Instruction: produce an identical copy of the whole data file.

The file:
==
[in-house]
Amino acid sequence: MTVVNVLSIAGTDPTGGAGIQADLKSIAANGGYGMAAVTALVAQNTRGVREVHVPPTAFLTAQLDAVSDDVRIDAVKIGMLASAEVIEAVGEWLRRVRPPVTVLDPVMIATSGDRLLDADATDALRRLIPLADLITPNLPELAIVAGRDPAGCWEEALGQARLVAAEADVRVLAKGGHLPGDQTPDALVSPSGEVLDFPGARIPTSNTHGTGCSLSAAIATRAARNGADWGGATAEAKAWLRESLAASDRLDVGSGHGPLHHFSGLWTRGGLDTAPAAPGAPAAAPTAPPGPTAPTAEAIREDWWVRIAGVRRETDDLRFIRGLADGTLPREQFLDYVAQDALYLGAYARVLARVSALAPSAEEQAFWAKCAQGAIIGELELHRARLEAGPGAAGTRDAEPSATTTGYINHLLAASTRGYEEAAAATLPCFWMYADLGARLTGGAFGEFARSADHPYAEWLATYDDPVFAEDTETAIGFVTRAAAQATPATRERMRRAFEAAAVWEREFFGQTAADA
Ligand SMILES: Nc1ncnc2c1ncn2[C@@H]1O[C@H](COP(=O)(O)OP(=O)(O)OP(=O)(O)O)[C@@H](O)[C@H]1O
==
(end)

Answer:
[in-house]
Amino acid sequence: MTVVNVLSIAGTDPTGGAGIQADLKSIAANGGYGMAAVTALVAQNTRGVREVHVPPTAFLTAQLDAVSDDVRIDAVKIGMLASAEVIEAVGEWLRRVRPPVTVLDPVMIATSGDRLLDADATDALRRLIPLADLITPNLPELAIVAGRDPAGCWEEALGQARLVAAEADVRVLAKGGHLPGDQTPDALVSPSGEVLDFPGARIPTSNTHGTGCSLSAAIATRAARNGADWGGATAEAKAWLRESLAASDRLDVGSGHGPLHHFSGLWTRGGLDTAPAAPGAPAAAPTAPPGPTAPTAEAIREDWWVRIAGVRRETDDLRFIRGLADGTLPREQFLDYVAQDALYLGAYARVLARVSALAPSAEEQAFWAKCAQGAIIGELELHRARLEAGPGAAGTRDAEPSATTTGYINHLLAASTRGYEEAAAATLPCFWMYADLGARLTGGAFGEFARSADHPYAEWLATYDDPVFAEDTETAIGFVTRAAAQATPATRERMRRAFEAAAVWEREFFGQTAADA
Ligand SMILES: Nc1ncnc2c1ncn2[C@@H]1O[C@H](COP(=O)(O)OP(=O)(O)OP(=O)(O)O)[C@@H](O)[C@H]1O